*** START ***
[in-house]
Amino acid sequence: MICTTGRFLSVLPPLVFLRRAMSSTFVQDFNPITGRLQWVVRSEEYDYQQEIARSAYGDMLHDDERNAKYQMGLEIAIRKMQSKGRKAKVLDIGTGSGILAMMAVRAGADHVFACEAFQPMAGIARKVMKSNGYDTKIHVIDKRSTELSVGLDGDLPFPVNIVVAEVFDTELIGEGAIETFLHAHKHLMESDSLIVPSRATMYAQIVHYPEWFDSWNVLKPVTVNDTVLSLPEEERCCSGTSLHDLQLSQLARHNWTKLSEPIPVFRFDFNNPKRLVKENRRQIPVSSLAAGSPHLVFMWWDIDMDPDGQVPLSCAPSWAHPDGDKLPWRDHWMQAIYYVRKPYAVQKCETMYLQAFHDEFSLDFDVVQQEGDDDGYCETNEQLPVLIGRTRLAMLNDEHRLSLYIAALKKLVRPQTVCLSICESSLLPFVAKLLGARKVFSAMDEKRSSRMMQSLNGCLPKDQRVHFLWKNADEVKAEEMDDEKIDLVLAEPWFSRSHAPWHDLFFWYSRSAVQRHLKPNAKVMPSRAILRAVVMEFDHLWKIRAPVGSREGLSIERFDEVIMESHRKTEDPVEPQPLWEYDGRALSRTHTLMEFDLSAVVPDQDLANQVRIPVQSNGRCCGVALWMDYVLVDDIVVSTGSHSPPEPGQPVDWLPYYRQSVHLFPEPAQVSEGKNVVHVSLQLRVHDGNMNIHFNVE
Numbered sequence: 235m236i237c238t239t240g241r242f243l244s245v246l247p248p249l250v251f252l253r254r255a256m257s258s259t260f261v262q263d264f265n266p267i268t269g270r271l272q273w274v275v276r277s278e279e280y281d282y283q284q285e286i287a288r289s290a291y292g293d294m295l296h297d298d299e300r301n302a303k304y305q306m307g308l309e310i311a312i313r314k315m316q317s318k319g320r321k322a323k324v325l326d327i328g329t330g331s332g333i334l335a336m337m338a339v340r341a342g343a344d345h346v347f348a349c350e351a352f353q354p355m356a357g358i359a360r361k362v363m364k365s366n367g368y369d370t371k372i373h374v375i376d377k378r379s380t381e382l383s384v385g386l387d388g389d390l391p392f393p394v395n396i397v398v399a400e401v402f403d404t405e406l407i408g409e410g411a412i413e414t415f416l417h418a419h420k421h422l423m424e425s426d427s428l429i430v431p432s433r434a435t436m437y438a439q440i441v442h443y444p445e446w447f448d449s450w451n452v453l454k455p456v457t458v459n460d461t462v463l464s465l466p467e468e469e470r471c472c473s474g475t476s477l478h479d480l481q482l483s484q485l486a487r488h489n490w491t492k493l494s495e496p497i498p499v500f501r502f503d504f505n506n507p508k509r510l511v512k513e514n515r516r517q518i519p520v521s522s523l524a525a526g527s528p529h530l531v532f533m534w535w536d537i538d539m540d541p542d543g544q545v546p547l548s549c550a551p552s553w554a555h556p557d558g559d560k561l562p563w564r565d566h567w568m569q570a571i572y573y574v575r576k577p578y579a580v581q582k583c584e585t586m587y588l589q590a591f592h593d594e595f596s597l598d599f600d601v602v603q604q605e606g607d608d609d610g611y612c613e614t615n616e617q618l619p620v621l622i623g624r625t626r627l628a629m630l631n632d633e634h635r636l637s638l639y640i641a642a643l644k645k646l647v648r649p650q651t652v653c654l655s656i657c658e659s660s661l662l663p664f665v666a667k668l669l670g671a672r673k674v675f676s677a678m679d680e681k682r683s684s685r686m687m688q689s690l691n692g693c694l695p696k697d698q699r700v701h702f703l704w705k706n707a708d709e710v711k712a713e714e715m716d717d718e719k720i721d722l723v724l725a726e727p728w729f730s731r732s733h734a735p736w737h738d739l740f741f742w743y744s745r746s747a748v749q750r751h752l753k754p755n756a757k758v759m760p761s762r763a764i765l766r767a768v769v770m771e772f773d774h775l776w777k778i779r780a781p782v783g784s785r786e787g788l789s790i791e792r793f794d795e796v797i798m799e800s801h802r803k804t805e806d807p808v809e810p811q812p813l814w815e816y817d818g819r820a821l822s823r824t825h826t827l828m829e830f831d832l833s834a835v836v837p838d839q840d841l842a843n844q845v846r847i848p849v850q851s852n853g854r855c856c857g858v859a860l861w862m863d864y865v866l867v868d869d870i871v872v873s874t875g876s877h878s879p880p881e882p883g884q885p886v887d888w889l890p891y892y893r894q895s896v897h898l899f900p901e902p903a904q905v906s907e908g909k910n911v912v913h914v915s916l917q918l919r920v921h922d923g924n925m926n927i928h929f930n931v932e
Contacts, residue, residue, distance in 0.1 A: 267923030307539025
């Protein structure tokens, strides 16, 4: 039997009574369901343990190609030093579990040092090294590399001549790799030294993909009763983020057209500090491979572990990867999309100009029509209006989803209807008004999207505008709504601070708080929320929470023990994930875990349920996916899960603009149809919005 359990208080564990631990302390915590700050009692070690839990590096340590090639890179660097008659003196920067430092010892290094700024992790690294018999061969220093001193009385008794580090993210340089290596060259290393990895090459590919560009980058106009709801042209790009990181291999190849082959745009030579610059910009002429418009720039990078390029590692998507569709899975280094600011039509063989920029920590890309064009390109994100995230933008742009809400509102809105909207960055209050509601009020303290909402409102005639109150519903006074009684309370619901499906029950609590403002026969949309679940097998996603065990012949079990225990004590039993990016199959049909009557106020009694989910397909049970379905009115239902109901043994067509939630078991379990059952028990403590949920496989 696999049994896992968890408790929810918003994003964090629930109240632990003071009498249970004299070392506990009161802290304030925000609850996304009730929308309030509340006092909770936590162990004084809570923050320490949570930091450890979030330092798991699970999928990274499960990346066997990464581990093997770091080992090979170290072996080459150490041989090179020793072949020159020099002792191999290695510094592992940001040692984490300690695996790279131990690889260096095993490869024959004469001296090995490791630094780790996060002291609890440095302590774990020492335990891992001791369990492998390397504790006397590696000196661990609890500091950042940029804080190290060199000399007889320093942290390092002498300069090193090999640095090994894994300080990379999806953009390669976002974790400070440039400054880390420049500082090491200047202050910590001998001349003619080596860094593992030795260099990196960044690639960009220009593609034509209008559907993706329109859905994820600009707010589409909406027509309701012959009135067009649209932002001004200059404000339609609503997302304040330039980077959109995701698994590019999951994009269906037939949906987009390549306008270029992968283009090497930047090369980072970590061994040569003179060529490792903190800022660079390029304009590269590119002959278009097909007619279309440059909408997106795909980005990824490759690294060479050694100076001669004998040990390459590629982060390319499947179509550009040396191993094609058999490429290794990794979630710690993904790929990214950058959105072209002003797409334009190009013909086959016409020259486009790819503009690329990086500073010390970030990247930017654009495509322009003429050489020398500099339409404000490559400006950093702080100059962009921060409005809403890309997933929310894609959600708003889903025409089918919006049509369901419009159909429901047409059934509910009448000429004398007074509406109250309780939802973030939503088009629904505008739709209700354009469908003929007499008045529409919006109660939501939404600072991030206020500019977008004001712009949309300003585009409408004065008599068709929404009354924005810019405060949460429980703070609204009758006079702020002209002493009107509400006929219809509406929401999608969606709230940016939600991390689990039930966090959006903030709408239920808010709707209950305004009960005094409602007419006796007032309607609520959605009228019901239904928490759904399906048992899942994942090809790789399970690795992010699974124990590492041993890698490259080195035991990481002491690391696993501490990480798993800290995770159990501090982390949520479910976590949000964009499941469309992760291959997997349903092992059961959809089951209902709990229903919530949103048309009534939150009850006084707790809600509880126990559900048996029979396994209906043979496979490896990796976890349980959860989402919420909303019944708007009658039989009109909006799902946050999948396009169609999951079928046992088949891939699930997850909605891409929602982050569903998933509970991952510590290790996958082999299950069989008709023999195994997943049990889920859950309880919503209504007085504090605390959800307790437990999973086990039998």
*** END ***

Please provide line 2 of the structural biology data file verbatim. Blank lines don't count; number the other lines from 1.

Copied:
Amino acid sequence: MICTTGRFLSVLPPLVFLRRAMSSTFVQDFNPITGRLQWVVRSEEYDYQQEIARSAYGDMLHDDERNAKYQMGLEIAIRKMQSKGRKAKVLDIGTGSGILAMMAVRAGADHVFACEAFQPMAGIARKVMKSNGYDTKIHVIDKRSTELSVGLDGDLPFPVNIVVAEVFDTELIGEGAIETFLHAHKHLMESDSLIVPSRATMYAQIVHYPEWFDSWNVLKPVTVNDTVLSLPEEERCCSGTSLHDLQLSQLARHNWTKLSEPIPVFRFDFNNPKRLVKENRRQIPVSSLAAGSPHLVFMWWDIDMDPDGQVPLSCAPSWAHPDGDKLPWRDHWMQAIYYVRKPYAVQKCETMYLQAFHDEFSLDFDVVQQEGDDDGYCETNEQLPVLIGRTRLAMLNDEHRLSLYIAALKKLVRPQTVCLSICESSLLPFVAKLLGARKVFSAMDEKRSSRMMQSLNGCLPKDQRVHFLWKNADEVKAEEMDDEKIDLVLAEPWFSRSHAPWHDLFFWYSRSAVQRHLKPNAKVMPSRAILRAVVMEFDHLWKIRAPVGSREGLSIERFDEVIMESHRKTEDPVEPQPLWEYDGRALSRTHTLMEFDLSAVVPDQDLANQVRIPVQSNGRCCGVALWMDYVLVDDIVVSTGSHSPPEPGQPVDWLPYYRQSVHLFPEPAQVSEGKNVVHVSLQLRVHDGNMNIHFNVE